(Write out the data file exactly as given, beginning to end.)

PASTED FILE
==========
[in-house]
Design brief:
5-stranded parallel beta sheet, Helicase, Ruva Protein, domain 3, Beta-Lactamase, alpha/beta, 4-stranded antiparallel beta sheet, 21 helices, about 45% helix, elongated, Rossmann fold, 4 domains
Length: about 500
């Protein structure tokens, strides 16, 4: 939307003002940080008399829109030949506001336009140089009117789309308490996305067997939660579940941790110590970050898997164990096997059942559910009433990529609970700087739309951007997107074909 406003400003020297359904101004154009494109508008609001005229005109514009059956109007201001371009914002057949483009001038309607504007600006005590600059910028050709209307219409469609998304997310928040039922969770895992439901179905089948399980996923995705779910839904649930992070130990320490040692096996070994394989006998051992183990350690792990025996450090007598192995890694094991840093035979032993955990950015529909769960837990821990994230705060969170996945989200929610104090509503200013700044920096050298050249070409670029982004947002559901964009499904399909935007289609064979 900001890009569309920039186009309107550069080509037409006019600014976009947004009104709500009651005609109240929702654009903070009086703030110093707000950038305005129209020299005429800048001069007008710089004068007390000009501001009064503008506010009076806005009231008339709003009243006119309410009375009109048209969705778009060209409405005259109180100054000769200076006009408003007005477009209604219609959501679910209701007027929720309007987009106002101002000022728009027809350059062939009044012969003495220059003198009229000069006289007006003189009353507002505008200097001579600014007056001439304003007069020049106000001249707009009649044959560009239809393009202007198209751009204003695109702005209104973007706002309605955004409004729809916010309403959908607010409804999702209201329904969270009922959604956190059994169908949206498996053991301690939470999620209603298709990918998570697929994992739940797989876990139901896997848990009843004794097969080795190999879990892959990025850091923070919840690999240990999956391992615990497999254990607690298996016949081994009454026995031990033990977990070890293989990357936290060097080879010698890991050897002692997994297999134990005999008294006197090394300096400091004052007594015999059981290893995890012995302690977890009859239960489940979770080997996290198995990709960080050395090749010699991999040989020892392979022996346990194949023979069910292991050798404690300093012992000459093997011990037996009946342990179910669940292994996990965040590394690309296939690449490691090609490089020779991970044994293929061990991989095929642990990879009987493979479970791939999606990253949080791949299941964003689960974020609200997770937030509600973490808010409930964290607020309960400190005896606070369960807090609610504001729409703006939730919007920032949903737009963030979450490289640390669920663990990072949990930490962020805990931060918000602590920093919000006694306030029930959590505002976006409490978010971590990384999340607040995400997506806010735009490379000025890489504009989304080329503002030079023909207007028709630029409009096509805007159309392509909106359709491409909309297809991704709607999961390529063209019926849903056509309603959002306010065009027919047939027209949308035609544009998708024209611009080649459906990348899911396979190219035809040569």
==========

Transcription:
[in-house]
Design brief:
5-stranded parallel beta sheet, Helicase, Ruva Protein, domain 3, Beta-Lactamase, alpha/beta, 4-stranded antiparallel beta sheet, 21 helices, about 45% helix, elongated, Rossmann fold, 4 domains
Length: about 500
């Protein structure tokens, strides 16, 4: 939307003002940080008399829109030949506001336009140089009117789309308490996305067997939660579940941790110590970050898997164990096997059942559910009433990529609970700087739309951007997107074909 406003400003020297359904101004154009494109508008609001005229005109514009059956109007201001371009914002057949483009001038309607504007600006005590600059910028050709209307219409469609998304997310928040039922969770895992439901179905089948399980996923995705779910839904649930992070130990320490040692096996070994394989006998051992183990350690792990025996450090007598192995890694094991840093035979032993955990950015529909769960837990821990994230705060969170996945989200929610104090509503200013700044920096050298050249070409670029982004947002559901964009499904399909935007289609064979 900001890009569309920039186009309107550069080509037409006019600014976009947004009104709500009651005609109240929702654009903070009086703030110093707000950038305005129209020299005429800048001069007008710089004068007390000009501001009064503008506010009076806005009231008339709003009243006119309410009375009109048209969705778009060209409405005259109180100054000769200076006009408003007005477009209604219609959501679910209701007027929720309007987009106002101002000022728009027809350059062939009044012969003495220059003198009229000069006289007006003189009353507002505008200097001579600014007056001439304003007069020049106000001249707009009649044959560009239809393009202007198209751009204003695109702005209104973007706002309605955004409004729809916010309403959908607010409804999702209201329904969270009922959604956190059994169908949206498996053991301690939470999620209603298709990918998570697929994992739940797989876990139901896997848990009843004794097969080795190999879990892959990025850091923070919840690999240990999956391992615990497999254990607690298996016949081994009454026995031990033990977990070890293989990357936290060097080879010698890991050897002692997994297999134990005999008294006197090394300096400091004052007594015999059981290893995890012995302690977890009859239960489940979770080997996290198995990709960080050395090749010699991999040989020892392979022996346990194949023979069910292991050798404690300093012992000459093997011990037996009946342990179910669940292994996990965040590394690309296939690449490691090609490089020779991970044994293929061990991989095929642990990879009987493979479970791939999606990253949080791949299941964003689960974020609200997770937030509600973490808010409930964290607020309960400190005896606070369960807090609610504001729409703006939730919007920032949903737009963030979450490289640390669920663990990072949990930490962020805990931060918000602590920093919000006694306030029930959590505002976006409490978010971590990384999340607040995400997506806010735009490379000025890489504009989304080329503002030079023909207007028709630029409009096509805007159309392509909106359709491409909309297809991704709607999961390529063209019926849903056509309603959002306010065009027919047939027209949308035609544009998708024209611009080649459906990348899911396979190219035809040569």